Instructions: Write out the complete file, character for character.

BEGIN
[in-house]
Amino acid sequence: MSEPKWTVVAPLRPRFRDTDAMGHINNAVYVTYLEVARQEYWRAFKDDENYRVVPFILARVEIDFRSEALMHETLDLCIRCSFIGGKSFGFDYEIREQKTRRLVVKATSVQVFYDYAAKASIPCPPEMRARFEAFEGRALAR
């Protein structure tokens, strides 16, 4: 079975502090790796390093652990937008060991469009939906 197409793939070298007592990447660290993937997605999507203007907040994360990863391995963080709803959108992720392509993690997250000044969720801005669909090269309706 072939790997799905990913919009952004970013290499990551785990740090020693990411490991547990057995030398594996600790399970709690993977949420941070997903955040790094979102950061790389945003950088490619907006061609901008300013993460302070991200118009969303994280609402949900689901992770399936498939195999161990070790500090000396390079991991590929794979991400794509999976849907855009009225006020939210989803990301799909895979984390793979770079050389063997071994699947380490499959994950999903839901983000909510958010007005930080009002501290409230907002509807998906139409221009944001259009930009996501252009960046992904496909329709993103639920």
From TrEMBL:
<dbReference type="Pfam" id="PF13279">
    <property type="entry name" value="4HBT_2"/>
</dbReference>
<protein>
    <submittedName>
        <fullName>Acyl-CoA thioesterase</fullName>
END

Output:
[in-house]
Amino acid sequence: MSEPKWTVVAPLRPRFRDTDAMGHINNAVYVTYLEVARQEYWRAFKDDENYRVVPFILARVEIDFRSEALMHETLDLCIRCSFIGGKSFGFDYEIREQKTRRLVVKATSVQVFYDYAAKASIPCPPEMRARFEAFEGRALAR
């Protein structure tokens, strides 16, 4: 079975502090790796390093652990937008060991469009939906 197409793939070298007592990447660290993937997605999507203007907040994360990863391995963080709803959108992720392509993690997250000044969720801005669909090269309706 072939790997799905990913919009952004970013290499990551785990740090020693990411490991547990057995030398594996600790399970709690993977949420941070997903955040790094979102950061790389945003950088490619907006061609901008300013993460302070991200118009969303994280609402949900689901992770399936498939195999161990070790500090000396390079991991590929794979991400794509999976849907855009009225006020939210989803990301799909895979984390793979770079050389063997071994699947380490499959994950999903839901983000909510958010007005930080009002501290409230907002509807998906139409221009944001259009930009996501252009960046992904496909329709993103639920």
From TrEMBL:
<dbReference type="Pfam" id="PF13279">
    <property type="entry name" value="4HBT_2"/>
</dbReference>
<protein>
    <submittedName>
        <fullName>Acyl-CoA thioesterase</fullName>